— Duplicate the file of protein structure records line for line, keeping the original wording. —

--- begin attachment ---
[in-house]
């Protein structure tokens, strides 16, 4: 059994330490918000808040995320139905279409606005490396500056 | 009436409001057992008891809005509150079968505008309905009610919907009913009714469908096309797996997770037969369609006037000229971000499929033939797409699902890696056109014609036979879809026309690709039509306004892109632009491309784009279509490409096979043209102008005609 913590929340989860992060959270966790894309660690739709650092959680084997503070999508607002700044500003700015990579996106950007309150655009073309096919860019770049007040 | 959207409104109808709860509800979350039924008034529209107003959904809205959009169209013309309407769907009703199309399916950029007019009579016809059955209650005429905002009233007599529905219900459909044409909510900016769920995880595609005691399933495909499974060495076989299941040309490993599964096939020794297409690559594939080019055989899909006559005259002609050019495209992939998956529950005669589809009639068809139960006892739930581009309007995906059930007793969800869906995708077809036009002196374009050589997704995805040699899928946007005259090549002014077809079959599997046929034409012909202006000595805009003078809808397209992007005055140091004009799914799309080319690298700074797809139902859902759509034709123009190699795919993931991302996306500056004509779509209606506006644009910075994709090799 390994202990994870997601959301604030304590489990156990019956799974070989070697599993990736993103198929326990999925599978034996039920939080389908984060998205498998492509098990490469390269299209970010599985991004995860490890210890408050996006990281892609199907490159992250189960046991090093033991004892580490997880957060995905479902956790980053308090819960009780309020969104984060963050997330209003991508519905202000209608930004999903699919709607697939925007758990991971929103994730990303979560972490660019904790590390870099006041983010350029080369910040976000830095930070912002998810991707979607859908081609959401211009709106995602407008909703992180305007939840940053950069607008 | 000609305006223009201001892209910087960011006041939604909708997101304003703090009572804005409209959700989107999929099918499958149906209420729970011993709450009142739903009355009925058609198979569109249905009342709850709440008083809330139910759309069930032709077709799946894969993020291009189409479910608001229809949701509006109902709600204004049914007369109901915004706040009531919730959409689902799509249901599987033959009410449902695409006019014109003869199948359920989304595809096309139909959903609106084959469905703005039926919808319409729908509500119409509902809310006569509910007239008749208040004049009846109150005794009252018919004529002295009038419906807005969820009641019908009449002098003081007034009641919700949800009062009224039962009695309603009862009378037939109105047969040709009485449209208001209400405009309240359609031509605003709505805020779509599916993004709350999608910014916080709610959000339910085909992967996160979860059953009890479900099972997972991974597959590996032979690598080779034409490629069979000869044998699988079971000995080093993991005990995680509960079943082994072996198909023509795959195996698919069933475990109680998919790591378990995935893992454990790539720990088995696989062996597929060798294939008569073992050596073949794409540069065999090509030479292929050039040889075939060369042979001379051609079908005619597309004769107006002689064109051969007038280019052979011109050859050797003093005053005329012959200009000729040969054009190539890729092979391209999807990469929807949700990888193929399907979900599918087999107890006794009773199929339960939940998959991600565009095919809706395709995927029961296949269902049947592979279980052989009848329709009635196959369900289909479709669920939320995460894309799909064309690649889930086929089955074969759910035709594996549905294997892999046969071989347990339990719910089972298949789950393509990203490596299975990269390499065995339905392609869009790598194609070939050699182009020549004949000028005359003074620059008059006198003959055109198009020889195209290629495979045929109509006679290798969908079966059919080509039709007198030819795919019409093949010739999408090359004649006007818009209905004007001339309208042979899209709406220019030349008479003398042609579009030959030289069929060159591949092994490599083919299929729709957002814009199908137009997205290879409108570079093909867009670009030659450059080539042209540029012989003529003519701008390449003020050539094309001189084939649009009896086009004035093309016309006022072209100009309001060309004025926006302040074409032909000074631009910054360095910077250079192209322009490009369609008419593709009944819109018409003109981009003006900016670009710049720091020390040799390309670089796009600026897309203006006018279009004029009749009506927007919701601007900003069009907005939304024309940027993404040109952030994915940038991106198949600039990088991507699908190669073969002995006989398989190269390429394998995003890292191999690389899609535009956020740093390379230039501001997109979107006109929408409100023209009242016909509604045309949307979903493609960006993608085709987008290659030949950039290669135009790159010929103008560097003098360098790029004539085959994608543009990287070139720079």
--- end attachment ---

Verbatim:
[in-house]
């Protein structure tokens, strides 16, 4: 059994330490918000808040995320139905279409606005490396500056 | 009436409001057992008891809005509150079968505008309905009610919907009913009714469908096309797996997770037969369609006037000229971000499929033939797409699902890696056109014609036979879809026309690709039509306004892109632009491309784009279509490409096979043209102008005609 913590929340989860992060959270966790894309660690739709650092959680084997503070999508607002700044500003700015990579996106950007309150655009073309096919860019770049007040 | 959207409104109808709860509800979350039924008034529209107003959904809205959009169209013309309407769907009703199309399916950029007019009579016809059955209650005429905002009233007599529905219900459909044409909510900016769920995880595609005691399933495909499974060495076989299941040309490993599964096939020794297409690559594939080019055989899909006559005259002609050019495209992939998956529950005669589809009639068809139960006892739930581009309007995906059930007793969800869906995708077809036009002196374009050589997704995805040699899928946007005259090549002014077809079959599997046929034409012909202006000595805009003078809808397209992007005055140091004009799914799309080319690298700074797809139902859902759509034709123009190699795919993931991302996306500056004509779509209606506006644009910075994709090799 390994202990994870997601959301604030304590489990156990019956799974070989070697599993990736993103198929326990999925599978034996039920939080389908984060998205498998492509098990490469390269299209970010599985991004995860490890210890408050996006990281892609199907490159992250189960046991090093033991004892580490997880957060995905479902956790980053308090819960009780309020969104984060963050997330209003991508519905202000209608930004999903699919709607697939925007758990991971929103994730990303979560972490660019904790590390870099006041983010350029080369910040976000830095930070912002998810991707979607859908081609959401211009709106995602407008909703992180305007939840940053950069607008 | 000609305006223009201001892209910087960011006041939604909708997101304003703090009572804005409209959700989107999929099918499958149906209420729970011993709450009142739903009355009925058609198979569109249905009342709850709440008083809330139910759309069930032709077709799946894969993020291009189409479910608001229809949701509006109902709600204004049914007369109901915004706040009531919730959409689902799509249901599987033959009410449902695409006019014109003869199948359920989304595809096309139909959903609106084959469905703005039926919808319409729908509500119409509902809310006569509910007239008749208040004049009846109150005794009252018919004529002295009038419906807005969820009641019908009449002098003081007034009641919700949800009062009224039962009695309603009862009378037939109105047969040709009485449209208001209400405009309240359609031509605003709505805020779509599916993004709350999608910014916080709610959000339910085909992967996160979860059953009890479900099972997972991974597959590996032979690598080779034409490629069979000869044998699988079971000995080093993991005990995680509960079943082994072996198909023509795959195996698919069933475990109680998919790591378990995935893992454990790539720990088995696989062996597929060798294939008569073992050596073949794409540069065999090509030479292929050039040889075939060369042979001379051609079908005619597309004769107006002689064109051969007038280019052979011109050859050797003093005053005329012959200009000729040969054009190539890729092979391209999807990469929807949700990888193929399907979900599918087999107890006794009773199929339960939940998959991600565009095919809706395709995927029961296949269902049947592979279980052989009848329709009635196959369900289909479709669920939320995460894309799909064309690649889930086929089955074969759910035709594996549905294997892999046969071989347990339990719910089972298949789950393509990203490596299975990269390499065995339905392609869009790598194609070939050699182009020549004949000028005359003074620059008059006198003959055109198009020889195209290629495979045929109509006679290798969908079966059919080509039709007198030819795919019409093949010739999408090359004649006007818009209905004007001339309208042979899209709406220019030349008479003398042609579009030959030289069929060159591949092994490599083919299929729709957002814009199908137009997205290879409108570079093909867009670009030659450059080539042209540029012989003529003519701008390449003020050539094309001189084939649009009896086009004035093309016309006022072209100009309001060309004025926006302040074409032909000074631009910054360095910077250079192209322009490009369609008419593709009944819109018409003109981009003006900016670009710049720091020390040799390309670089796009600026897309203006006018279009004029009749009506927007919701601007900003069009907005939304024309940027993404040109952030994915940038991106198949600039990088991507699908190669073969002995006989398989190269390429394998995003890292191999690389899609535009956020740093390379230039501001997109979107006109929408409100023209009242016909509604045309949307979903493609960006993608085709987008290659030949950039290669135009790159010929103008560097003098360098790029004539085959994608543009990287070139720079």